We end this paper with some specific examples using the given characterization for the existence of bounded solutions for difference equations with periodic coefficients with period up to 4. Remember that the case *p* = 1, the easiest case, has been analyzed in the previous sections.

#### Corollary 4.5

(Period *p* = 2) *Given a* ∈ *ℓ*(ℤ; 2) *and c* ∈ *ℓ*^{*}(ℤ; 2), *then the equation*

$$\begin{array}{}{\displaystyle c(k)z(k+1)+c(k-1)z(k-1)-a(k)z(k)=0,\phantom{\rule{.25cm}{0ex}}k\in \mathbb{Z}}\end{array}$$

*has bounded solutions iff*

$$\begin{array}{}{\displaystyle (|c(0)|-|c(1)|{)}^{2}\le a(0)a(1)\le (|c(0)|+|c(1)|{)}^{2}}\end{array}$$

*and when both inequalities are strict*, *then all the solutions are bounded*. *In particular*, *given E*, *λ*∈ ℝ, *θ* ∈ [0, 2*π*), *then the Mathieu equation*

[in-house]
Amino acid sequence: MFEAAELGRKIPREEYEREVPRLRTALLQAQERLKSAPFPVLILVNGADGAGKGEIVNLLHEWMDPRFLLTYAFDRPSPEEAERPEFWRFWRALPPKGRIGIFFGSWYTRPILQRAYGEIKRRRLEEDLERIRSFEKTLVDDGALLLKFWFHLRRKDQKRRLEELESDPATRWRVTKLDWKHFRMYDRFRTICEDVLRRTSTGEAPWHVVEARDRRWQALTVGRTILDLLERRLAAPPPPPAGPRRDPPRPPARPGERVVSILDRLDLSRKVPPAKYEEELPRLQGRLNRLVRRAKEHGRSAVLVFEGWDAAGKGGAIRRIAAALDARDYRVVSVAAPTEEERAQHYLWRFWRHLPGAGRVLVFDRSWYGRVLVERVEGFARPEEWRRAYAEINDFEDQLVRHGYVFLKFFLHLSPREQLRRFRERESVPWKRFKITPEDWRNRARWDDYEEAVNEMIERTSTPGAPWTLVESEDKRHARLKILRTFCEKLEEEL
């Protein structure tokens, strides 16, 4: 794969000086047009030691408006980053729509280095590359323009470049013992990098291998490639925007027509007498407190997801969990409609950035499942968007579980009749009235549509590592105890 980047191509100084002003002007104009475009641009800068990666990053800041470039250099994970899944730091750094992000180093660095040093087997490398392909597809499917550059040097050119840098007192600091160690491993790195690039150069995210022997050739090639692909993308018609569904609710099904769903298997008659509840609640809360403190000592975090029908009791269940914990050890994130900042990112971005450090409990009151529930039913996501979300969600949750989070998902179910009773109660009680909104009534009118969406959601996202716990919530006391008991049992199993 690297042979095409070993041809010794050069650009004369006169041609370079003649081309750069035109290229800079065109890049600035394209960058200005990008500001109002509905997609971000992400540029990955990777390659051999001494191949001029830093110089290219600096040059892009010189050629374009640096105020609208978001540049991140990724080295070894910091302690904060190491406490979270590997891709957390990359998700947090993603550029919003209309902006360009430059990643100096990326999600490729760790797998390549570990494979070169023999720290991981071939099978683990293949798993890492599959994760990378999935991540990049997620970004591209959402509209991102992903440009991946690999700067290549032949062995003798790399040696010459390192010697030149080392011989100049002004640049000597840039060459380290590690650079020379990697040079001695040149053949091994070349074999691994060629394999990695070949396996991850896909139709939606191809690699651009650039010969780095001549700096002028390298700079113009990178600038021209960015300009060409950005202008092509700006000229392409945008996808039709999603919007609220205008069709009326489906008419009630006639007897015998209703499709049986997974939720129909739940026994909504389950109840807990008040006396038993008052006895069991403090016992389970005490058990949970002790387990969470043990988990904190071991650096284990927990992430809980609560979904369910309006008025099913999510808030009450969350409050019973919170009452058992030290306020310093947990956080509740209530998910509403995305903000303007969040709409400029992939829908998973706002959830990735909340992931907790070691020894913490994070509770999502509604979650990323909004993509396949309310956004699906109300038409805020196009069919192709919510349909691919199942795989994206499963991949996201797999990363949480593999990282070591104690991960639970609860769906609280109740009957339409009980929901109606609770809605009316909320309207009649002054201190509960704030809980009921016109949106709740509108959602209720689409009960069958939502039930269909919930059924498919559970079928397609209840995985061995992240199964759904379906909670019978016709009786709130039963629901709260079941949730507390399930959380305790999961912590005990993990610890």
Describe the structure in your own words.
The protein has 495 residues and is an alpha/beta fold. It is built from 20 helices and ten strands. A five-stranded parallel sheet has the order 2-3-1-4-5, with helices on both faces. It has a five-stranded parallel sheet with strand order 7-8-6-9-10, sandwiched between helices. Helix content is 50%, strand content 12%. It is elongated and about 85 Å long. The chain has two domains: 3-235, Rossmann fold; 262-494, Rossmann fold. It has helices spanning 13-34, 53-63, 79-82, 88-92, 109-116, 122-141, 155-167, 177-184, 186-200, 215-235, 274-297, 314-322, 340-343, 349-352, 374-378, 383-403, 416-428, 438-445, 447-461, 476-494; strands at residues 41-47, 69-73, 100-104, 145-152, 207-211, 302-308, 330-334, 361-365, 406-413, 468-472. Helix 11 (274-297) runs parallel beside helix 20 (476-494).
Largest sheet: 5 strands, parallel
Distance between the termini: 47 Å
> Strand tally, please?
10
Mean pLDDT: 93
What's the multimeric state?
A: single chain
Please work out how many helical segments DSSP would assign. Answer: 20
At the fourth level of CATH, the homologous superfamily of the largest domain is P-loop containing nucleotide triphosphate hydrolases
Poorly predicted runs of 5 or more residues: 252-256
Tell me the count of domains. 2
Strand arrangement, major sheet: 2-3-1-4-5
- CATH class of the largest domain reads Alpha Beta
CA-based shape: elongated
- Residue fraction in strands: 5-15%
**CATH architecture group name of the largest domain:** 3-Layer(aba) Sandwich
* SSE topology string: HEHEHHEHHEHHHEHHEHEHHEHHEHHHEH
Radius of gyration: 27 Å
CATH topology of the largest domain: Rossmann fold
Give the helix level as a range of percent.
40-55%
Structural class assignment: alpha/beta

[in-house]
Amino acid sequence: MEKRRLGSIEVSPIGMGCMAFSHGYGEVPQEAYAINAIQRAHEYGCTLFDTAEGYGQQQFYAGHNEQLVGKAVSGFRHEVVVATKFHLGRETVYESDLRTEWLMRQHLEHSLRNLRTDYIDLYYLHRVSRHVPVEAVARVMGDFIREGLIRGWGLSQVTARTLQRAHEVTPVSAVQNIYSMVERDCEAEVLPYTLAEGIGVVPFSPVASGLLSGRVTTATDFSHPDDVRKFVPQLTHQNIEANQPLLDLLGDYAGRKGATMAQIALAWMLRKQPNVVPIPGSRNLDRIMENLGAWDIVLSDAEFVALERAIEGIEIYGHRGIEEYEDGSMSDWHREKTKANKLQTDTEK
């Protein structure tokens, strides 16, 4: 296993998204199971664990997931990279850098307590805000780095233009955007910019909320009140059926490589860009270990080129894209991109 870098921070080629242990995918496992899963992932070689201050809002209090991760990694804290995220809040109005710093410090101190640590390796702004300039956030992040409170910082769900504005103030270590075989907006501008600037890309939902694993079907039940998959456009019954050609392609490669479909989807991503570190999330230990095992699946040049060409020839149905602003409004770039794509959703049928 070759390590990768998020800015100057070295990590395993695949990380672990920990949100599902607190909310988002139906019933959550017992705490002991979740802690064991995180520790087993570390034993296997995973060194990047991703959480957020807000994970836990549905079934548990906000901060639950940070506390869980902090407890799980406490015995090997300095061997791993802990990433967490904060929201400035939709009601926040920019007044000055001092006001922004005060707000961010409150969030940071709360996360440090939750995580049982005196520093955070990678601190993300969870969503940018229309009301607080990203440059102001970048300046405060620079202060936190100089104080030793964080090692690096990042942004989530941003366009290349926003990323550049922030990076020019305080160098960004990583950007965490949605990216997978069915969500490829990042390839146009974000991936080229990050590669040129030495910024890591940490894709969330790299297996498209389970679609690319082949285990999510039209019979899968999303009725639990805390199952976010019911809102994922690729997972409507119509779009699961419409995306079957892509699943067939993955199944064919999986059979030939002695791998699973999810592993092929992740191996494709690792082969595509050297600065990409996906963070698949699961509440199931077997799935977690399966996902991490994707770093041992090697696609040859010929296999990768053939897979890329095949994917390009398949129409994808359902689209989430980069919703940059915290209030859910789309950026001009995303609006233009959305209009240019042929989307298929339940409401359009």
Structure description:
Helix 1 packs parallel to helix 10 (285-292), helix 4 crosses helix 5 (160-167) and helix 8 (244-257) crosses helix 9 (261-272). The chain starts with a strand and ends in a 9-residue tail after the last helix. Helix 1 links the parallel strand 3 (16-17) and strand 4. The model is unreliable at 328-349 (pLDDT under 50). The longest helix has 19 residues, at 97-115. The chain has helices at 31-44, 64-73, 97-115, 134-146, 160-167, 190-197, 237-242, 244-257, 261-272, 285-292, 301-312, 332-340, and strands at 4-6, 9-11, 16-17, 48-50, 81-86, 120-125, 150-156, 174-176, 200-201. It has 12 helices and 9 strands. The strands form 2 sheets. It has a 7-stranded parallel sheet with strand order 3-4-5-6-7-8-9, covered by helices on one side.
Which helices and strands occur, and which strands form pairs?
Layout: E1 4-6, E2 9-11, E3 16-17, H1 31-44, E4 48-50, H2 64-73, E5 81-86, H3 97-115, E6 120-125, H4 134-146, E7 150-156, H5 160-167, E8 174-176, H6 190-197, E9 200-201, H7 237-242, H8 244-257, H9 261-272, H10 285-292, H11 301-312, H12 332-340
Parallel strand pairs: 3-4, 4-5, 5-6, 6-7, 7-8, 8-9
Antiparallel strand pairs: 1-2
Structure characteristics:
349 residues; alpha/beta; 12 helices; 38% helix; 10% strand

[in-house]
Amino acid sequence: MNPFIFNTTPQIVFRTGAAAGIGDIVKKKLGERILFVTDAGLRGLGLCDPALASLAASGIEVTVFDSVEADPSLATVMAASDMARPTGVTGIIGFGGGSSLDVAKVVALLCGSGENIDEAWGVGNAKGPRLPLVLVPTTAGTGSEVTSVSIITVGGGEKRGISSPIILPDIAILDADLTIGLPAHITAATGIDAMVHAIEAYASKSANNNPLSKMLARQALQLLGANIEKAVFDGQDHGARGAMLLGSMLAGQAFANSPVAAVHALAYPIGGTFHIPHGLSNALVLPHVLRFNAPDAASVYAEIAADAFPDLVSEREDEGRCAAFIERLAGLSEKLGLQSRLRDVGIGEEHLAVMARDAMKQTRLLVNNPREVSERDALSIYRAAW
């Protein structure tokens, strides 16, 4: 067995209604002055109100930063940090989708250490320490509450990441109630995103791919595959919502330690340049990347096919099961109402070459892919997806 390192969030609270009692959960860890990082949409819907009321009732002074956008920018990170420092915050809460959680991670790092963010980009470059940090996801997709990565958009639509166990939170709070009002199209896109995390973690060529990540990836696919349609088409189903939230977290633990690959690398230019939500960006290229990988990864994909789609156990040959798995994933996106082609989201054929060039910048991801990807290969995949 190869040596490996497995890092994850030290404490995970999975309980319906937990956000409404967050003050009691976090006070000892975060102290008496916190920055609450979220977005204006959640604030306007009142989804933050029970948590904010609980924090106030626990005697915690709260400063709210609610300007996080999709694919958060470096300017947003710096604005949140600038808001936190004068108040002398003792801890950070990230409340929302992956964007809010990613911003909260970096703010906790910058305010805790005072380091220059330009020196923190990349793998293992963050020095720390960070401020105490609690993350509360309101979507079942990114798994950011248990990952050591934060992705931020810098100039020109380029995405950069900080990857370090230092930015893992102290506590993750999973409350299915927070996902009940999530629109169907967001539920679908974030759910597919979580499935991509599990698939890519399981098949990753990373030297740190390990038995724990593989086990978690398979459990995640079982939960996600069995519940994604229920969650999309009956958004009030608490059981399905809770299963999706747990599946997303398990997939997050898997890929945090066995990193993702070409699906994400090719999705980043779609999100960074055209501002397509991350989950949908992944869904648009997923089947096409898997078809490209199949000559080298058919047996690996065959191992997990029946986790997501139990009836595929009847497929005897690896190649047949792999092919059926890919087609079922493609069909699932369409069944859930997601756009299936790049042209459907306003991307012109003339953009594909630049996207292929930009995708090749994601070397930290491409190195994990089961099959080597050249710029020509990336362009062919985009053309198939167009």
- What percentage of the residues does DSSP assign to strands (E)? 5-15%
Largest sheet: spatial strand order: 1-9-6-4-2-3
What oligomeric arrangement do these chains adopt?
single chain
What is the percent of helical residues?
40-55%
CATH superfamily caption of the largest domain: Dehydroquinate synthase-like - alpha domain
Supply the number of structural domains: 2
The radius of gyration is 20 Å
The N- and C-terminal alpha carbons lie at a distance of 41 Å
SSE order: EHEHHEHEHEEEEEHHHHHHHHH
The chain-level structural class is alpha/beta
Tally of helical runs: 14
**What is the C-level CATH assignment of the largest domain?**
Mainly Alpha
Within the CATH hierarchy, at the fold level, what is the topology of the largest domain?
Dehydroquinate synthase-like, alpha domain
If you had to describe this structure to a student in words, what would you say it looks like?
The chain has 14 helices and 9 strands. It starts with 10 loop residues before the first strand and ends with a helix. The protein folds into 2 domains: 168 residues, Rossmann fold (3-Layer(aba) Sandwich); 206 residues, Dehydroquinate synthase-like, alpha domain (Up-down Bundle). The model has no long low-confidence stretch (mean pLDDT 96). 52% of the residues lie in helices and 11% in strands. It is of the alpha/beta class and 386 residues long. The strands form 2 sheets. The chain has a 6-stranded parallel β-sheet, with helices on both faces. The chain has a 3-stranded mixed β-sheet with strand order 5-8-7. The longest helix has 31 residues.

$$\begin{array}{}{\displaystyle z(k+1)+z(k-1)+\lambda \phantom{\rule{thinmathspace}{0ex}}\mathrm{cos}(\pi k+\theta )z(k)=Ez(k),\phantom{\rule{.25cm}{0ex}}k\in \mathbb{Z}}\end{array}$$

*has bounded solutions iff*

$$\begin{array}{}{\displaystyle 0\le {E}^{2}-{\lambda}^{2}{\mathrm{cos}}^{2}(\theta )\le 4.}\end{array}$$

#### Proof

In this case we have
$\begin{array}{}{\displaystyle {\mathrm{\Lambda}}_{2}^{0}}\end{array}$ = {(0, 0)},
$\begin{array}{}{\displaystyle {\mathrm{\Lambda}}_{2}^{1}}\end{array}$ = {(1, 0),(0, 1)},
$\begin{array}{}{\displaystyle {\overline{\mathrm{\Lambda}}}_{2}^{0}}\end{array}$ = {(1, 1)} and
$\begin{array}{}{\displaystyle {\overline{\mathrm{\Lambda}}}_{2}^{1}}\end{array}$ = {(0, 0),(0, 0)}, which implies that
$\begin{array}{}{\displaystyle q(a,c;2)=\frac{a(0)a(1)-c(0{)}^{2}-c(1{)}^{2}}{2c(0)c(1)}.}\end{array}$

In particular, for the Mathieu which coefficient has period 2, the frequency is
$\begin{array}{}{\displaystyle \omega =\frac{m}{2},}\end{array}$ where *m* ∈ ℤ is odd and hence
$\begin{array}{}{\displaystyle \omega =n+\frac{1}{2}}\end{array}$ with *n* ∈ ℤ. Therefore, the coefficient is *a*(*k*) = *E* – *λ* cos(*π* *k* + *θ*), which implies that *a*(0) = *E* – *λ* cos(*θ*), whereas *a*(1) = *E* – *λ* cos(*π* + *θ*) = *E* + *λ* cos(*θ*).

□

#### Corollary 4.6